"There are around five minutes, maybe four, to download all the data, talk to the rider, see what's happened and use our tools to put together a new package of thousands of new parameters to send back to the bike," Conti explained in the launch video. "Here are a few numbers: on the motorbike, we have about 50 sensors. But we are talking about 500 channels, because the software continues its calculations. All these numbers and data are aggregated by our control center, which has to wait for the bike to return to the pit. This means that we need to tailor-make the suit while it is being worn, so to speak."
Tailoring the bike to each rider is a necessity, Conti explained. "While the engine is the same for everyone, the electronics each rider has are extremely personalized and customized so that when they are on the track, they're comfortable. Because if they aren't, it's too late. You can't change."
Reliability was crucial to success. "It all has to work, because losing a connection on the grid just before the start means not starting. So the reliability of the IT tools that we use, which Lenovo is helping us with, is comparable to the reliability of the engine, because starting or not starting is like breaking the engine. And it was fundamental to have the right machines to manage this huge amount of data extremely quickly."
Computers and data processing touched every aspect of Ducati's work, Conti explained. "Apart from the electronics, many of these services serve other areas, like engine development and aerodynamics, which in recent years have demanded enormous calculation capacity."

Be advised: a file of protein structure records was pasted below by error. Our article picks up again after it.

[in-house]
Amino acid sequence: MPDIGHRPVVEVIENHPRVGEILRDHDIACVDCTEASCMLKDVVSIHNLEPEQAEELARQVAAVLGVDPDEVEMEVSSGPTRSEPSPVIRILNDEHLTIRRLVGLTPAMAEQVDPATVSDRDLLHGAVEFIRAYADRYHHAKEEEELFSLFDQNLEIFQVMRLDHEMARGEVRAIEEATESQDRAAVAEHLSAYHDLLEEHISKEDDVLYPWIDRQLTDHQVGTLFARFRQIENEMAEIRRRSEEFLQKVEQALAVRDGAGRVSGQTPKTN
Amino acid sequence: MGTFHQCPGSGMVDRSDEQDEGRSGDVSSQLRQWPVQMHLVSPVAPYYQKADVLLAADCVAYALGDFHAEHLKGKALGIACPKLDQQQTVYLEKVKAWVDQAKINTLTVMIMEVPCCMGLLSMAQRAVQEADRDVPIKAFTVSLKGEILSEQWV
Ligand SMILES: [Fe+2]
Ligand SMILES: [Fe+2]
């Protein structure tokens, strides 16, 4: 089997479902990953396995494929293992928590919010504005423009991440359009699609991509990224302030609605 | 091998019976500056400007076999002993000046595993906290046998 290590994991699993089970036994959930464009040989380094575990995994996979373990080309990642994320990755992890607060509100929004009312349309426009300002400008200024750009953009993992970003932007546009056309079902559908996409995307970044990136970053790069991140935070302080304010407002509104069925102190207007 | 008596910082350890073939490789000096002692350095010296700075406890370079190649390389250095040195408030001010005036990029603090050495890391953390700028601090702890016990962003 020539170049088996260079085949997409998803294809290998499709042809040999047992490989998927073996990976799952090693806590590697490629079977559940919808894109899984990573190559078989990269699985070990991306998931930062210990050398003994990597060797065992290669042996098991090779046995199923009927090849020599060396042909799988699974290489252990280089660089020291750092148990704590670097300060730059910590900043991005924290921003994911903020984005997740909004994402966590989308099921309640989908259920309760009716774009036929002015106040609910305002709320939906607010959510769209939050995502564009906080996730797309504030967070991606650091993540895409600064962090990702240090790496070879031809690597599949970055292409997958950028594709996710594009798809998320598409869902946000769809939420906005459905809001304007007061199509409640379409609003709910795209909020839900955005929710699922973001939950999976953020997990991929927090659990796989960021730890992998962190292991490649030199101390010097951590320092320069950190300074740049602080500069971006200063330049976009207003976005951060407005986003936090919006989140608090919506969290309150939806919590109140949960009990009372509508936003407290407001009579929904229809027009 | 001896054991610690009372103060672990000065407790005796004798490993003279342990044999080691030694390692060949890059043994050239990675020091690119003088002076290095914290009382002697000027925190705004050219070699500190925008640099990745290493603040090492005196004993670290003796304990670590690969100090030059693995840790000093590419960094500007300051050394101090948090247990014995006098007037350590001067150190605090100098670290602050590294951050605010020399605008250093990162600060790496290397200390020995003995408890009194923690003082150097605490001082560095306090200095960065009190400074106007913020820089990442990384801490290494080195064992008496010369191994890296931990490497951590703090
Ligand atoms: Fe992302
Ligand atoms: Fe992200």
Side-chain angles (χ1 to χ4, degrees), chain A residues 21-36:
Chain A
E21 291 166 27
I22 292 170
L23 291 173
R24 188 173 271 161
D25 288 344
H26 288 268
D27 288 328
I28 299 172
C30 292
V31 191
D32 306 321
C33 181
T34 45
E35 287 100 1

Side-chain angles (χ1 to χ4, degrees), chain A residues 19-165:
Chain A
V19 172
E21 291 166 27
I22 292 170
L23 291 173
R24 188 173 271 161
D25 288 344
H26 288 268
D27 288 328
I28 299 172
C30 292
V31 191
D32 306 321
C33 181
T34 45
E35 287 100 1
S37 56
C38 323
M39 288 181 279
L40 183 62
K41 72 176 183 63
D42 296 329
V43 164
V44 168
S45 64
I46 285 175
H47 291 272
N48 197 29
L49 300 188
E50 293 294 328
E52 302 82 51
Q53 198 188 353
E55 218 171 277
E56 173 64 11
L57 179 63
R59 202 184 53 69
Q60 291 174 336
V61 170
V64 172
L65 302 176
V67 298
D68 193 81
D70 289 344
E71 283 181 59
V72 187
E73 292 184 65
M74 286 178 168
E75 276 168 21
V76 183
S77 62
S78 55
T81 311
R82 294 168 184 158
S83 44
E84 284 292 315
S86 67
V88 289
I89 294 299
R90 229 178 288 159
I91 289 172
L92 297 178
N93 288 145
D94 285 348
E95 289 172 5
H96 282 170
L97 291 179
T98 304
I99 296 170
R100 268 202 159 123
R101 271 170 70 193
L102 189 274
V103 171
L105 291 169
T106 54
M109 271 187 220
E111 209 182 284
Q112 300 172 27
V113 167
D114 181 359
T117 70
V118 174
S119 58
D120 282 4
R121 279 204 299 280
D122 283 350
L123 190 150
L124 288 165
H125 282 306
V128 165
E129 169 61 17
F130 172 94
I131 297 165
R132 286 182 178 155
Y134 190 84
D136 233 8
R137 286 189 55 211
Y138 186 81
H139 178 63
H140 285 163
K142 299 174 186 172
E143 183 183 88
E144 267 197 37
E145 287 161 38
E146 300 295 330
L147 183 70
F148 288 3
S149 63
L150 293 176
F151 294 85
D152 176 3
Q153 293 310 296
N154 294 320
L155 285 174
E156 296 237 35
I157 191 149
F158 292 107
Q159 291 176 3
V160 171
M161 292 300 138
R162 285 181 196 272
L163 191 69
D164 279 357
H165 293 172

Ducati's pioneering in aerodynamics and simulation technology has been the envy of the other MotoGP manufacturers. "We think we have a group of engineers and technicians at the very highest level, as well as the capacity to make unconventional choices, innovations devised and developed by Ducati engineers, which were then seen and applied by almost all the other manufacturers," Ducati Sporting Director Paolo Ciabatti said.
Those engineers are constantly at risk of being poached by the other manufacturers. Michele Gada and Marco Frigerio, two electronics specialists who defected to Yamaha to apply their expertise to the spec Magneti Marelli electronics of the M1, are two of the most high profile examples in recent years. "Ducati engineers are very highly thought of in the paddock," team manager Davide Tardozzi said. "Every year someone tries to poach one or two or three of them, but it makes me very happy that many of them turn down those offers and prefer to stay at Ducati where they have learned and grown and continue to develop."
The innovations – some loved, some hated – are indicative of the freedom given to Ducati's engineers to try out new ideas, explore new solutions to existing problems. That creativity is visible in the way Ducati gets around technical restrictions put in their way by the rule makers. Ducati responded to the introduction of spec electronics by switching their focus to aerodynamics to control wheelie. When the Grand Prix Commission clamped down on aerodynamics, Ducati first introduced a holeshot device to control wheelie at the start of the race, then adapted it for use throughout the race, in the form of the "shapeshifter", or suspension lowering device.
Where Ducati led, others have followed. Every bike on the grid now has aerodynamic winglets within the bounds of the MotoGP regulations. They all either have a holeshot device, or are working on one. And most now also have a shapeshifter of some form or other. Imitation is the most sincere form of flattery, Gigi Dall'Igna concedes. "At the end, it's a question of pride, because after the inevitable reflex of anger, being copied by the Japanese is actually a big compliment."